Optical Transistors Out of Silicon : Significant step towards Optical Computing

Optical Transistors Out of Silicon : Significant step towards Optical Computing

We all know that electrons are good at processing information, but they are incapable of carrying information over long distances. On the other hand, Photons can carry information all around the planet but their processing is hectic. So we use electrons for processing and photons for long distance data transmission. Thus we need significant amount of power to convert optical information to electronic and vice versa.

Hence there is no wonder in the fact  that  researchers pay significant interest in developing an optical transistor that could make the electronic devices out of date.

But the problem is that, Optical Transistors must have a number of properties so that they can be connected together in a way that can process information. Various groups have build optical switches but nobody has succeeded in making optical transistors that could do all and can also be made out of silicon.

For example, the output of optical transistors could be capable of driving other transistors so that logic signals can propagate (known as ‘fanout’).  This requires significant gain, the output must preserve the same frequency as input and they must preserve the quality of transmission such that errors should not propagate etc…

Leo Varghese and Co at Purdue University in Indiana said that they have build an optical transistor that can make significant step in this direction.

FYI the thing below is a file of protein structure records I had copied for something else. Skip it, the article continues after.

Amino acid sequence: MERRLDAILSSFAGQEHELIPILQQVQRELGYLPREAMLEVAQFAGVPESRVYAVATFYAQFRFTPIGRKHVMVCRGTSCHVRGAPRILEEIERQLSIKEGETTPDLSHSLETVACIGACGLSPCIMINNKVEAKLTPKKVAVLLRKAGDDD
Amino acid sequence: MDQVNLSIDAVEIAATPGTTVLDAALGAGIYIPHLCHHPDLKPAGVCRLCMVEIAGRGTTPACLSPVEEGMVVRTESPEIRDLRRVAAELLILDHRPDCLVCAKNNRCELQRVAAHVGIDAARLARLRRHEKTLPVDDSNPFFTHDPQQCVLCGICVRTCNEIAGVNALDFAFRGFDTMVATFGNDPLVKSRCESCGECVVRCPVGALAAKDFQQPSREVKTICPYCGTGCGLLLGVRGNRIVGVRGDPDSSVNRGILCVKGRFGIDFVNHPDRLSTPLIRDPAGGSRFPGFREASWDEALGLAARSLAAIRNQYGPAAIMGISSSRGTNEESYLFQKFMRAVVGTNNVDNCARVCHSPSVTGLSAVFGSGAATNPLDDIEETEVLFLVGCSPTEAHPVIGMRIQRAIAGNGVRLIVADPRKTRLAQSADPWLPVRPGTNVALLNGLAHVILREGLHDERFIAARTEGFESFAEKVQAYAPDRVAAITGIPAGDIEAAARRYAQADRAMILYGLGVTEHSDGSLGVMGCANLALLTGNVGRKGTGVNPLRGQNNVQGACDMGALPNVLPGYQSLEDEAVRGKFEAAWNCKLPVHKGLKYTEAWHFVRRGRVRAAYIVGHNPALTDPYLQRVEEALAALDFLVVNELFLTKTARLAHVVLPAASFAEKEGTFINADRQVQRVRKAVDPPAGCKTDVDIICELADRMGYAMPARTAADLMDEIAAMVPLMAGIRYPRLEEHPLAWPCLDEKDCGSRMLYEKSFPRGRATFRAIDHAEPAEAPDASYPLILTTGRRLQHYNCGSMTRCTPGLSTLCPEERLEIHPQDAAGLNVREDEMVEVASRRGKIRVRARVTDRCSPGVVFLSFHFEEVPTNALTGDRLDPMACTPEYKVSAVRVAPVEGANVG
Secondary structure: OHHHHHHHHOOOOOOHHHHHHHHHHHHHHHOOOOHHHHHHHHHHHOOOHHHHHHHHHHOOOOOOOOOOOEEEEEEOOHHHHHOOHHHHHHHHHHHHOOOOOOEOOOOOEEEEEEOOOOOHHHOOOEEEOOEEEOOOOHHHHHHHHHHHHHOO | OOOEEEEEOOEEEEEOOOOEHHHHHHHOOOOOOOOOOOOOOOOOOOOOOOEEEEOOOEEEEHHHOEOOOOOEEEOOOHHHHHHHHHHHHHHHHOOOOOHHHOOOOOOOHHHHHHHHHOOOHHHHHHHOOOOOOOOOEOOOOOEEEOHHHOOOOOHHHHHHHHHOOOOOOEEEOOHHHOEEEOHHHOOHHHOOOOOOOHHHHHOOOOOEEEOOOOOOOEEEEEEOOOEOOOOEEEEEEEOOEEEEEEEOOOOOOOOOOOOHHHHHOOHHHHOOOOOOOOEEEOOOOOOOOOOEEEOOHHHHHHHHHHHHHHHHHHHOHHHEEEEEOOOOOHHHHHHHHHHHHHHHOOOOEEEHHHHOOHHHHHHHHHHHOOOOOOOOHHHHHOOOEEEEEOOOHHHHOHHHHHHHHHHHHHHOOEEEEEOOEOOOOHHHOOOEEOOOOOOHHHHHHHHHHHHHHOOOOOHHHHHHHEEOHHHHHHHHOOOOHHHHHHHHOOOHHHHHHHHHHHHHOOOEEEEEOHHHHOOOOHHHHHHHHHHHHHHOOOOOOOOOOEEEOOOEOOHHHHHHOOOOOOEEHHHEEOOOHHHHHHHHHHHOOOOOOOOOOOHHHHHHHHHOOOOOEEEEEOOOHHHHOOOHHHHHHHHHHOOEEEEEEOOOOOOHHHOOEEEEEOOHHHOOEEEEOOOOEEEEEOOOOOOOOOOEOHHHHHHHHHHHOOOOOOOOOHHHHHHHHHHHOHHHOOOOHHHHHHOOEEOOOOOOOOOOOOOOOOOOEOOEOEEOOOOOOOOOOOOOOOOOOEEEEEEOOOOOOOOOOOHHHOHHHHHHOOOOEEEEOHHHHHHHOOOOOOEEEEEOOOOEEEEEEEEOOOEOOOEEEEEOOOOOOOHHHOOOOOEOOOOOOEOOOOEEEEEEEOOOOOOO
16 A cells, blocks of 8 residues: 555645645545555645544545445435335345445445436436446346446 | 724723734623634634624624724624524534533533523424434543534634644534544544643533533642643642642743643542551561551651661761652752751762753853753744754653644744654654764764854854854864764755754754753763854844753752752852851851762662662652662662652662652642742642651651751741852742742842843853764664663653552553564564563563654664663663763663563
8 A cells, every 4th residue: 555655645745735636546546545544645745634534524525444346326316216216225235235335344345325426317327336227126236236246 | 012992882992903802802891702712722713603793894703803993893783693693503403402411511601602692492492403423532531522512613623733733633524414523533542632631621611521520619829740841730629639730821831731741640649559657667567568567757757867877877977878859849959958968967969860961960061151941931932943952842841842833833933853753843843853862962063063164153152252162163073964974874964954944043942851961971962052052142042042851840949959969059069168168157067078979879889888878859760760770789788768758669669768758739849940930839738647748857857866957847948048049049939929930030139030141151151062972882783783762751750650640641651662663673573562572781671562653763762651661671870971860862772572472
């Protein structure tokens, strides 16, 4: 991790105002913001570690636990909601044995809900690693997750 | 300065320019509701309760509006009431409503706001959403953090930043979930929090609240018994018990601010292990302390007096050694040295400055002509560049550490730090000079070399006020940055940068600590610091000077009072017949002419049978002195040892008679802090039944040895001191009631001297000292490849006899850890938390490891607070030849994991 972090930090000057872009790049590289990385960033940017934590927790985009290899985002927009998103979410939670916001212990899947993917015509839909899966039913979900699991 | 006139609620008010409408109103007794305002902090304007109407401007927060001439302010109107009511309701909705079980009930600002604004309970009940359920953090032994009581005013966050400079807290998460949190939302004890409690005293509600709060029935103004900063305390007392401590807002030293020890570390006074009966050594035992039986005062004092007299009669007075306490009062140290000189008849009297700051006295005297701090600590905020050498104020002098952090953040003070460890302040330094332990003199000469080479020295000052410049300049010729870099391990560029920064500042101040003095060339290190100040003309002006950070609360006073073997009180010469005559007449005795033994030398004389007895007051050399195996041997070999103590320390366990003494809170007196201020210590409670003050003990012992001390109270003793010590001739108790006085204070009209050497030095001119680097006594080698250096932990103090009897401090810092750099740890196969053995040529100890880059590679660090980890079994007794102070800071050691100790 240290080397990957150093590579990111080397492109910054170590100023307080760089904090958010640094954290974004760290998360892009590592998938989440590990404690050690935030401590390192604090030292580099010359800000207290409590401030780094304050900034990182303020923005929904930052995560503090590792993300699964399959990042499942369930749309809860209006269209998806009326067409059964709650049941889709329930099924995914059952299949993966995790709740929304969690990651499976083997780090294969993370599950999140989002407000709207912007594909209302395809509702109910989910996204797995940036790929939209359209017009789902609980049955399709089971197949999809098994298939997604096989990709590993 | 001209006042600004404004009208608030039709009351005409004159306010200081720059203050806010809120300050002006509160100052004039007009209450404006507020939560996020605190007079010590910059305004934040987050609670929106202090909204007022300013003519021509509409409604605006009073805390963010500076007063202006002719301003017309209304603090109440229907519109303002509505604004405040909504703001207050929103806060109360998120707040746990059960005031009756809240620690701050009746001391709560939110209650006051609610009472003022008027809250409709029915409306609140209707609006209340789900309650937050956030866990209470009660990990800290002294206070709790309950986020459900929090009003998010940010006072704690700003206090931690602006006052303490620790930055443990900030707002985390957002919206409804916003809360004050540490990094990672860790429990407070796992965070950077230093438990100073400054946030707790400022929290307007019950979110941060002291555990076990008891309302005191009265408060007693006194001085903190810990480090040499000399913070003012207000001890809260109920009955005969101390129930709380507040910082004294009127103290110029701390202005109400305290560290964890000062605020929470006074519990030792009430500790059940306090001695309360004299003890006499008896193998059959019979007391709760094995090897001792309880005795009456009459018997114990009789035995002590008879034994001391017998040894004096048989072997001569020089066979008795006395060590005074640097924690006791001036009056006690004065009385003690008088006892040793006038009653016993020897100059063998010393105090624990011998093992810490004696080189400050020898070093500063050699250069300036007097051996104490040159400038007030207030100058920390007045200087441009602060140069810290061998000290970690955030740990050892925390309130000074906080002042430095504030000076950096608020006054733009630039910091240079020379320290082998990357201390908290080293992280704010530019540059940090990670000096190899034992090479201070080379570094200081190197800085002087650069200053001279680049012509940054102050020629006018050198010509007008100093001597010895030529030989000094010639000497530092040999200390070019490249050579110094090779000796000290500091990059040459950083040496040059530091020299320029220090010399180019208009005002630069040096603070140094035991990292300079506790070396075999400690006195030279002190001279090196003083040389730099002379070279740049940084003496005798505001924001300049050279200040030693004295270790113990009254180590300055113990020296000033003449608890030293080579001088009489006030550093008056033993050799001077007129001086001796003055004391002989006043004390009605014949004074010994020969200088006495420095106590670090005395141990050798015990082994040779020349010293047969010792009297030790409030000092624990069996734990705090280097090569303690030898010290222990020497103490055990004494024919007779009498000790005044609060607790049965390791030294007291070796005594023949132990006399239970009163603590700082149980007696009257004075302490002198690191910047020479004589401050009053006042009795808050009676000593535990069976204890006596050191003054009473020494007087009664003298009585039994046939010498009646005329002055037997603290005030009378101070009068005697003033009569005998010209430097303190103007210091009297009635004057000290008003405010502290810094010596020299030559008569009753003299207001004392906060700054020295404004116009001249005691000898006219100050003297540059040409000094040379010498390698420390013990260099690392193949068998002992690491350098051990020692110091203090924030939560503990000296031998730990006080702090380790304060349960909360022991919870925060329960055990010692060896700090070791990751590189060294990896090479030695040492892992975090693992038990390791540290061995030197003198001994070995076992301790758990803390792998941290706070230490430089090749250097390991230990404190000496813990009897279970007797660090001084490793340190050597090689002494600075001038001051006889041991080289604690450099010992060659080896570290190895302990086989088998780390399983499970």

The optical transistor consists of a micro-ring resonator next to an optical line. Micro-ring resonators are versatile wavelength selective elements that can be used to synthesize a wide class of filter functions. The light supply enters the optical line, passes through it and then outputs. But at a specific resonant frequency the light interacts with micro-ring resonator and vastly reduces the output. The output is off in this stage even though the supply is on. They use another optical line called ‘gate’ to heat micro-ring thereby changing the size, resonant frequency and the ability to interact with the output. This allows us to turn output ON and OFF through gate.

The interaction of micro-ring with gate is more stronger than that with output, this is significant because it means a small gate signal can be used to control larger output signals. Varghese and Co says that the ratio of gate signal to supply is about 6dB, which allows to power at least two other transistors, satisfies the required fan out property an optical transistor. They have even build an a device out of silicon capable of handling data rates up to 10Ghz

The biggest problem of these devices are power consumption. In ordinary electronic transistors, much of the power consumption causes due to charging the lines connection them to operating voltages. In theoretical point of view optical transistors could be more efficient as it doesn’t need charging. But in practice, the lasers which use to power optical transistors are less efficient, it requires comparatively much more energy. For this reason it is not clear that Optical Transistors can match the efficiency of Electronic Transistors.

We can hope that in future Photonics will replace Electronics……….


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